Pysanka Museum

The Pysanka Museum, built in the year 2000, is one of the most famous museums in Ukraine and the only one of its kind in the world. Located in Kolomyia, a city in the western part of Ukraine about 45 miles from Chernivtsi, the museum has become the signature attraction of the city; it is of such an odd character that many travelers often visit specifically for the Pysanka Museum. The novelty of the building and collection is typically the draw, but examining the traditional folk art featured on these Ukraine Easter eggs is an excellent way to learn about the culture and history of Ukraine.

Pysanka is the Ukrainian word for Easter egg, and as the name implies, the institute is almost entirely devoted to exquisitely painted Easter eggs. Previously housed in an empty church building, the Easter egg museum now resides in an eye-catching building shaped like an Easter egg, designed in a collaboration of the museum director and local artists. The Pysanka Museum is not only the largest museum of its kind, but it features the world’s largest Easter egg as the entrance of the building.

The actual tradition of painting eggs dates back to the pre-Christian settlers who worshipped a sun god and occupied the land many years ago; this custom was then incorporated into the Christian traditions of Easter as the centuries passed. The decorations are specifically done with a batik method involving wax, and the term pysanka is a specific one that refers to eggs decorated with traditional folk designs from Ukraine, though the custom appears elsewhere in Eastern Europe.

Maintaining a collection of more than 10,000 Ukraine Easter eggs, the majority of the assortment at the Pysanka Museum are truly pysanka, meaning they focus on the folk art of Ukraine. However, there are several exhibits of eggs from a variety of other countries, including the Slavic states and many other countries around the world, such as Poland, Romania, the Czech Republic, Belarus, India, France, Sweden, Canada, and even the United States. While a great deal of the Easter eggs are modern designs or replicas of the more traditional patterns, there are several members of the collection dating back to the 1800s and the early 1900s.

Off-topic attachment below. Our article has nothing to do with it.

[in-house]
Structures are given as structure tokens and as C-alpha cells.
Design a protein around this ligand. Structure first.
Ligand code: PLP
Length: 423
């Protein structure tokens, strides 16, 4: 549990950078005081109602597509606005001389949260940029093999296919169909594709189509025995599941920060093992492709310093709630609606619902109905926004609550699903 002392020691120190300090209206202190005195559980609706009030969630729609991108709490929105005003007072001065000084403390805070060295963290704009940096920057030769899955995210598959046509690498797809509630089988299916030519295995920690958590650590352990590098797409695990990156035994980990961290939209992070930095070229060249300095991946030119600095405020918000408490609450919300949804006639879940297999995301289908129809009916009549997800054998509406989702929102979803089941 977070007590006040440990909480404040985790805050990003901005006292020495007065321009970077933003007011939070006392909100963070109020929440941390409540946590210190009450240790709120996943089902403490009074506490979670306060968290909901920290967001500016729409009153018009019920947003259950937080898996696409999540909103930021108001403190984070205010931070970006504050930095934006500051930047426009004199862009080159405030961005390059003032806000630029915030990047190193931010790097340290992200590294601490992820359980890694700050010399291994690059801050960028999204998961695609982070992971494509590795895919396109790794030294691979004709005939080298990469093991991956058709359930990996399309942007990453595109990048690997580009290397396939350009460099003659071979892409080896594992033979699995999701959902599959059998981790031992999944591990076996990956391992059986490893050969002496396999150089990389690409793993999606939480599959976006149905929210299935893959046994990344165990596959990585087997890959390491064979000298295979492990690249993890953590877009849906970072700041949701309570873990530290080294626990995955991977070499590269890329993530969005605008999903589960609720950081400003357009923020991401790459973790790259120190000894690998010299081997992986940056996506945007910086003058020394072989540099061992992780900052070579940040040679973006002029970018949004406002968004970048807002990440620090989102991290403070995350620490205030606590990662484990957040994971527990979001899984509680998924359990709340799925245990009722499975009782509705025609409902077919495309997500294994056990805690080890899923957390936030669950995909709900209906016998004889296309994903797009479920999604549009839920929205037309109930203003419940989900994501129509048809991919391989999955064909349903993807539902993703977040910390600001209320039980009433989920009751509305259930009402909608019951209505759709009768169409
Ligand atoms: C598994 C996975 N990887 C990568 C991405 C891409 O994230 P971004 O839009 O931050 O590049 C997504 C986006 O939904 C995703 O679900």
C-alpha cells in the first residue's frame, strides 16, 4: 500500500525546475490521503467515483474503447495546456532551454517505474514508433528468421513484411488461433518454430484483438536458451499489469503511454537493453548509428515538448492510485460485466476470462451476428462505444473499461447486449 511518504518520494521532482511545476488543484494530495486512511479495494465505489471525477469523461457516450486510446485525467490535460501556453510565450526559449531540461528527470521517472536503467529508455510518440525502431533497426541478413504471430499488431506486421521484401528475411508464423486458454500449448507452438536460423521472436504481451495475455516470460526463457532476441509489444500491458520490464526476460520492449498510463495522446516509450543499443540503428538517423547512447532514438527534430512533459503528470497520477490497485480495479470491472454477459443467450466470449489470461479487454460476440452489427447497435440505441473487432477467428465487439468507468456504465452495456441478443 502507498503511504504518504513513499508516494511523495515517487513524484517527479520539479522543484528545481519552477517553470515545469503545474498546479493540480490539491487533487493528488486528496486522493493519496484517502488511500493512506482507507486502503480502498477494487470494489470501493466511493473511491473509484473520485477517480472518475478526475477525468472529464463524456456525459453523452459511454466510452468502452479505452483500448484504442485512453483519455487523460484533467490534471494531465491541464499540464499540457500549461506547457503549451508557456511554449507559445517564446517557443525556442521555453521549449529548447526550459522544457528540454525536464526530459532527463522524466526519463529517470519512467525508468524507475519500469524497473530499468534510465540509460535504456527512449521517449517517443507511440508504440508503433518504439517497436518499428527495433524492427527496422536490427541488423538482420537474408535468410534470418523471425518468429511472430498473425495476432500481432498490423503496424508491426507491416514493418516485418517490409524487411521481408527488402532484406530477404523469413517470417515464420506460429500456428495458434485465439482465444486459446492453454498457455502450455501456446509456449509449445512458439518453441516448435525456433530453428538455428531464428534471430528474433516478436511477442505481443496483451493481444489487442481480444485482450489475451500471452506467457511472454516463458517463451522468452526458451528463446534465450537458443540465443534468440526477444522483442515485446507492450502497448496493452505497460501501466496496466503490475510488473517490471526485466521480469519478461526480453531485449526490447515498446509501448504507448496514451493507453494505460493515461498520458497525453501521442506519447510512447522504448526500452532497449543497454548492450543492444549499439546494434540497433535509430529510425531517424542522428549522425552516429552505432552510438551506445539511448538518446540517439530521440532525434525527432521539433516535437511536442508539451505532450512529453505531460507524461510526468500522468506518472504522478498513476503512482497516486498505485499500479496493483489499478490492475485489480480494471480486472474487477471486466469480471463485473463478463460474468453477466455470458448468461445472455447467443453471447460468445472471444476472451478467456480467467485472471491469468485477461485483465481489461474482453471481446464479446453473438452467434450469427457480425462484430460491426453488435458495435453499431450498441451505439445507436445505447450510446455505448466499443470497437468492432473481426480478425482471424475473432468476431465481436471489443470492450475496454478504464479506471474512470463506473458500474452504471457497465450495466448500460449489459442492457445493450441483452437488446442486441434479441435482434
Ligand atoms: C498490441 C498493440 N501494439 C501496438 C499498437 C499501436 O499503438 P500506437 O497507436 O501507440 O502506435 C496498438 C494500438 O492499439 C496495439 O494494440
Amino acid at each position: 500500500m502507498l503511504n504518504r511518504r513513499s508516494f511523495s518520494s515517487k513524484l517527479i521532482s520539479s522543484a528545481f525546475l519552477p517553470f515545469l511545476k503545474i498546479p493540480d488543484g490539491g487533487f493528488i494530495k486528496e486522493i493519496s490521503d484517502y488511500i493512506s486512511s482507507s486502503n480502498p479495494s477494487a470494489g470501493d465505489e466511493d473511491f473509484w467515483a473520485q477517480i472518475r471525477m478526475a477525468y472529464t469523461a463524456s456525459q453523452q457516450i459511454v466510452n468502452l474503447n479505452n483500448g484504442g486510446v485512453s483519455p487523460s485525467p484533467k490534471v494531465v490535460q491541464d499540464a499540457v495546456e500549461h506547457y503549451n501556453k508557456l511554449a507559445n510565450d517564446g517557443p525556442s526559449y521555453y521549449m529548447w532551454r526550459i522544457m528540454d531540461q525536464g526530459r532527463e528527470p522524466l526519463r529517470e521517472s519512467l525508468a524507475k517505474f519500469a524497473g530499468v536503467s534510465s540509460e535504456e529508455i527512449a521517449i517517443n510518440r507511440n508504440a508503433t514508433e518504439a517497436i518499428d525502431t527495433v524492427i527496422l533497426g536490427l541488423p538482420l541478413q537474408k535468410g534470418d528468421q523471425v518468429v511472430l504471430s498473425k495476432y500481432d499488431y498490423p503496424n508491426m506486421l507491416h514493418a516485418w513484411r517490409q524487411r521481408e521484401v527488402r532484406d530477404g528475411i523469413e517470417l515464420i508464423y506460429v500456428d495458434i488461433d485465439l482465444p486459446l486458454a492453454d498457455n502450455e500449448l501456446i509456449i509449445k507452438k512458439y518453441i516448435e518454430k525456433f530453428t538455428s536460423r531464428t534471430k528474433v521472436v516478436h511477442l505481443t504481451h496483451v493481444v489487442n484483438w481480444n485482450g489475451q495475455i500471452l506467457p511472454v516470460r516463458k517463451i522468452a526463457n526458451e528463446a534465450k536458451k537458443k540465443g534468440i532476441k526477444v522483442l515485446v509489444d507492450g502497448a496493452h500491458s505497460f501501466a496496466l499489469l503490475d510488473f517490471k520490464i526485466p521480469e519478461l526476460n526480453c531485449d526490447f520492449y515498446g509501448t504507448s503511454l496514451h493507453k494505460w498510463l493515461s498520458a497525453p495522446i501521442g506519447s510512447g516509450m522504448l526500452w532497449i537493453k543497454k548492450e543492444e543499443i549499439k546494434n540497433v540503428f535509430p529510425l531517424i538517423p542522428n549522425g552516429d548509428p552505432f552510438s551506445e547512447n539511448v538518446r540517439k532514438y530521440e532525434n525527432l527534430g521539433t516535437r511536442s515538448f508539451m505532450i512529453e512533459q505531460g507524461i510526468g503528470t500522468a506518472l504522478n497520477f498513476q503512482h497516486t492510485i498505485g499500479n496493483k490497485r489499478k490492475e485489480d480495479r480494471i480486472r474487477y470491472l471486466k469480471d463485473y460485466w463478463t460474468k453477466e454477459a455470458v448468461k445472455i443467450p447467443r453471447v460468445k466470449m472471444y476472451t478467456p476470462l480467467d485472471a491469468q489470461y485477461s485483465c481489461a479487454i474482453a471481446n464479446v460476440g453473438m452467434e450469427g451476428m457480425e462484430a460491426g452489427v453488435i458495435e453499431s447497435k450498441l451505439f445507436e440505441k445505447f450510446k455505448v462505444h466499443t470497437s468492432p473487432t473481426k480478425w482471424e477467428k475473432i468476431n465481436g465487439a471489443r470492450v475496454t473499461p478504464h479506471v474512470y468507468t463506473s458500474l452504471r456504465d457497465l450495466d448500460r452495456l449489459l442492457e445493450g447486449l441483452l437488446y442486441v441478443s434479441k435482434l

In addition to the permanent collection of the traditional folk art of the pysanka and Ukraine Easter eggs, there are temporary displays showcased at the museum in Kolomyia, consisting of the Hutsul traditions, even more Easter eggs, and other crafts of the traditional customs from the various parts of the country. Besides a simple viewing of the painted eggs from all over the world, visitors will have a chance to learn about the restoration and creation processes.

Visiting this portion of the country will allow travelers to find out about the culture and history of the land, in addition to seeing the beautiful scenery in western Ukraine. While the tradition of painted eggs, whether for Easter or for wedding customs or stone eggs simply for decoration, may seem somewhat frivolous at first glance, it reveals much about the rituals, heritage, and history of those particular traditions. Paying a visit to Kolomyia while touring Ukraine is a great way to experience the local culture as well as learn about those from around the world. It’s an easy day trip one of the many Chernivtsi hotels.

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